India and Pakistan are arch nemesis. Ties between the two countries have been strained ever since 1947 when India gained Independence and Pakistan was carved out of the nation.
However, in 2017, the countries’ biggest cities -- Delhi and Lahore -- are fighting a common enemy: Smog.
In the last one week, nearly 60 domestic and international flights have been affected daily due to smog and heavy fog which affected the visibility level that touched zero.
The Punjab Environment Protection Department (also confirmed the presence of alarmingly high level of smog-causing pollutants in the air in Lahore, the second-most populous city in Pakistan after Karachi.
“At least 60 international and domestic flights have been affected in Lahore and some other cities of Punjab since the last week. Despite rescheduling of the flights the dense smog or fog is hampering the flight operation of both Pakistan International Airlines and foreign airlines,” PIA Lahore spokesman Athar Awan said.
Hundreds of cases of burning of eyes and throat irritation are being reported at hospitals in the city daily.
Smog is creating additional problems for children, the elderly and those suffering from pulmonary diseases.
According to the EPD’s readings, the average particulate matter 2.5 in Lahore was 330 milligram per meter cubic as against the yearly average of 35.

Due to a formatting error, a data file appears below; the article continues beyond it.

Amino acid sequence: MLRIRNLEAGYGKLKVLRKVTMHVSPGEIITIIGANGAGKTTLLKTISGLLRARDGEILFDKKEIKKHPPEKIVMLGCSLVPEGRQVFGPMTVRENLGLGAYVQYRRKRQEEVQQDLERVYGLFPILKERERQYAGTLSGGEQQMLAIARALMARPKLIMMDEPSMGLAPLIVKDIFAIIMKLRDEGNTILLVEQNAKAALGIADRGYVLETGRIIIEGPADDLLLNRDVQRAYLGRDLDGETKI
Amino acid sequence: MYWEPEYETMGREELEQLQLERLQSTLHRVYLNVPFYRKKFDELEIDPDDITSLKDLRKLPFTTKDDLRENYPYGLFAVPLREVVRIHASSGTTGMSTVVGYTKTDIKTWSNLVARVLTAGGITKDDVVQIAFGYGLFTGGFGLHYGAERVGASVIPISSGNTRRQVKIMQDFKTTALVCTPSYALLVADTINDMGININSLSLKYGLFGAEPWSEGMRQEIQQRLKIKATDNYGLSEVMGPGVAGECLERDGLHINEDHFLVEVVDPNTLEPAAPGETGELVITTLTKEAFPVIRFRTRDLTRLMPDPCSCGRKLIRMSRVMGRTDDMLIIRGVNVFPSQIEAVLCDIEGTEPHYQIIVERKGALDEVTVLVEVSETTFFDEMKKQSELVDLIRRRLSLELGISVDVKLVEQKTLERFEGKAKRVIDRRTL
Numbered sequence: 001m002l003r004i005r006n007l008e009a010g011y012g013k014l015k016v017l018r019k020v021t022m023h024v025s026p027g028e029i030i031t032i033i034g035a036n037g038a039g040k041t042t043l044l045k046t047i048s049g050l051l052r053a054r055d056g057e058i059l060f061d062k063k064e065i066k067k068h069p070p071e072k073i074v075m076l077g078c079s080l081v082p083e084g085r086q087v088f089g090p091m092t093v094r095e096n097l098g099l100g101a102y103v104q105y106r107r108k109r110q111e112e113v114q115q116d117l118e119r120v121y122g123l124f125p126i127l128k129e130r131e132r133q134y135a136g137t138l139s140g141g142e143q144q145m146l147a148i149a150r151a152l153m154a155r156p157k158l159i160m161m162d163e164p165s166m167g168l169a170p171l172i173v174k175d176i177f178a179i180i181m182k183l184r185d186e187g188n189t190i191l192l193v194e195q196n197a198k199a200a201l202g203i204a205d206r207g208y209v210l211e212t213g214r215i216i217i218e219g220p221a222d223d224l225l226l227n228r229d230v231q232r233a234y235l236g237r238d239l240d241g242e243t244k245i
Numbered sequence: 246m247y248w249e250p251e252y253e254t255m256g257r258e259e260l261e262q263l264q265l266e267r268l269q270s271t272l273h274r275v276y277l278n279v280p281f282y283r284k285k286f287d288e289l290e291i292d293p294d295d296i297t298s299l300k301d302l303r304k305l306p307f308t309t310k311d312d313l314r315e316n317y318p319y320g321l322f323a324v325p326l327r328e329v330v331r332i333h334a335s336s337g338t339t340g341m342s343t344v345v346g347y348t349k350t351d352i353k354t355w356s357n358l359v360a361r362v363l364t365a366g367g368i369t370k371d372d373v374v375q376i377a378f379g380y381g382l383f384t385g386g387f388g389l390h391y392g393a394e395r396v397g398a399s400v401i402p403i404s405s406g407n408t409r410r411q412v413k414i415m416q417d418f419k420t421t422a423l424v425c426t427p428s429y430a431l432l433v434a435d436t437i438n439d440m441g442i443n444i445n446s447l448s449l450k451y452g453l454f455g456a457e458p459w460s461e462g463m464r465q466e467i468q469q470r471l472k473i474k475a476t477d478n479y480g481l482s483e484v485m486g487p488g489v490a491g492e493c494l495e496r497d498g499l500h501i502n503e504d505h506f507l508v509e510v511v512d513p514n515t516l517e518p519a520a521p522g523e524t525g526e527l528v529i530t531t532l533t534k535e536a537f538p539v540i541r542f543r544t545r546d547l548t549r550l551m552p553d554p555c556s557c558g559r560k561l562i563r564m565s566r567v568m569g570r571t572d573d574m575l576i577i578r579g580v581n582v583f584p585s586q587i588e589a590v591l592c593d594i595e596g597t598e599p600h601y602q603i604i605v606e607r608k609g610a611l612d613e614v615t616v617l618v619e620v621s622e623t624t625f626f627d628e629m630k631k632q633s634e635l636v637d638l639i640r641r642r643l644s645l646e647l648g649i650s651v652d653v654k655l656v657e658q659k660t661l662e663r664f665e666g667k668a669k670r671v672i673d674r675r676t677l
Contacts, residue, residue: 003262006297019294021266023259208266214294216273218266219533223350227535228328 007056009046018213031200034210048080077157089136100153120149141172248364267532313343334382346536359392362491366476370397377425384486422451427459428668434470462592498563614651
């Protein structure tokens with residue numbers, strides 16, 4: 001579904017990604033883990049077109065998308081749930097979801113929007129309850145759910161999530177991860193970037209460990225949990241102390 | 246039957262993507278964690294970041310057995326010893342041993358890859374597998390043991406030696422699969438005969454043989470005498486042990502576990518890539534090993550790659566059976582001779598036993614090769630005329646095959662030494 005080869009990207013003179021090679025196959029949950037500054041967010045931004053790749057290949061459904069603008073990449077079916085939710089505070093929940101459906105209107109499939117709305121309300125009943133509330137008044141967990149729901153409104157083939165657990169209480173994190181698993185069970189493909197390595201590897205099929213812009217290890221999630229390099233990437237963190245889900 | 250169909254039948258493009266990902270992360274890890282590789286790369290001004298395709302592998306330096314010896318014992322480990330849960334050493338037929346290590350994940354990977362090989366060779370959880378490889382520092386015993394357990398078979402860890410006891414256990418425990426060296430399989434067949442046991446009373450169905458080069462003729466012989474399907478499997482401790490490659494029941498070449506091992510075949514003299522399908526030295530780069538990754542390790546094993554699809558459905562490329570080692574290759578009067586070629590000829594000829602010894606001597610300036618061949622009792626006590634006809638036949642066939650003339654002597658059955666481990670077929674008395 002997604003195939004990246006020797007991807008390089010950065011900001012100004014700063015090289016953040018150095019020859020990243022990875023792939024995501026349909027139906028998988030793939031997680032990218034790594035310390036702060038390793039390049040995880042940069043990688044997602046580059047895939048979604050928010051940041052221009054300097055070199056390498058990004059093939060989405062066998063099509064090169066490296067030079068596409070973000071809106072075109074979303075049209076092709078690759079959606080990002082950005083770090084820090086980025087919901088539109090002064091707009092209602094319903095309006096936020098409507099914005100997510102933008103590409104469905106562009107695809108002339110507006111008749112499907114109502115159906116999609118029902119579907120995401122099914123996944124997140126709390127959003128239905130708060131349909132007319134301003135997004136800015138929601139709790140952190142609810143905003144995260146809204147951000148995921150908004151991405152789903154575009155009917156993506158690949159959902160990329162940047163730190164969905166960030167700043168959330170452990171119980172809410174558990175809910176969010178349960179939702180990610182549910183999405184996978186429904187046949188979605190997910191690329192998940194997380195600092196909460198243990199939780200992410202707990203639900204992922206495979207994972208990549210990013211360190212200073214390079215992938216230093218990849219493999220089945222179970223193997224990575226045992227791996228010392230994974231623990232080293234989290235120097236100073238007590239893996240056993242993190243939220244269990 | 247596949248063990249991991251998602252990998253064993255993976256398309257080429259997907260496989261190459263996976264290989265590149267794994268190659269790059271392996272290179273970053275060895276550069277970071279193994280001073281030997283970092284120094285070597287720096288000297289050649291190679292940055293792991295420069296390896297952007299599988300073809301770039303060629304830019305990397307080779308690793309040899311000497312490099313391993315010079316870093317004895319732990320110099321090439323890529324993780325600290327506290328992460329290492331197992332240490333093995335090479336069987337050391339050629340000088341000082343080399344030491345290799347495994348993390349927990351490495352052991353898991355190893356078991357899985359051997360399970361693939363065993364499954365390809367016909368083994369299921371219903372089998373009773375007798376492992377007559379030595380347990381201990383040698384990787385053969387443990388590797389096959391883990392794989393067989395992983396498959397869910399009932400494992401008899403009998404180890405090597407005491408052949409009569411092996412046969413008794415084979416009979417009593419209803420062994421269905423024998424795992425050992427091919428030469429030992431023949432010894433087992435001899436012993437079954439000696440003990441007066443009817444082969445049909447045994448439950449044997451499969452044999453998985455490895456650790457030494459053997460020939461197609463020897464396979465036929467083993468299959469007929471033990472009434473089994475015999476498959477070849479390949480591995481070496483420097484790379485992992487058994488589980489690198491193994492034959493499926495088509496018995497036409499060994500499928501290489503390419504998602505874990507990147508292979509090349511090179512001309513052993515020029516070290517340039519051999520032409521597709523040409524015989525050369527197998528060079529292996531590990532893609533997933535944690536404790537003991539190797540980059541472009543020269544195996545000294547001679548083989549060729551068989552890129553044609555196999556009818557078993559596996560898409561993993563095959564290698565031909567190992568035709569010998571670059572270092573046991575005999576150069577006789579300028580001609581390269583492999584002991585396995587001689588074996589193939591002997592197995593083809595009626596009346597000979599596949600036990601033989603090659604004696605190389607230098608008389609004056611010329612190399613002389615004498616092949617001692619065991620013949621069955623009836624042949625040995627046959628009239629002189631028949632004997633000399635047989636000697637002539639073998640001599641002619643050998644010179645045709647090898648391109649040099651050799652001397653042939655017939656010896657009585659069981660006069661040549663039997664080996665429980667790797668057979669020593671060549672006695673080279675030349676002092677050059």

The level of particulate matter --10 was 370 as against the tolerable 150. Similarly, the oxygen nitrogen (vehicular pollution) was 120 as against the desired 40.
On the other hand, Delhi’s air quality has generated headlines worldwide in recent days. The situation has become so dire that authorities have enforced emergency measures such as banning construction activities and brick kilns in the National Capital Region.
The air quality was back to "severe-plus" or "emergency" category on Monday. The average Air Quality Index in the national capital on Monday was 449, with PM2.5 at 447 units.
For the entire Delhi-NCR, the average was 440 units, with PM2.5 at 438 units.
The safe limit for PM2.5 -- particles in the air with a diameter less than 2.5mm -- is 25 microgram per cubic meters as per international standards, though it is 60 units according to Indian standards.
-- With inputs from PTI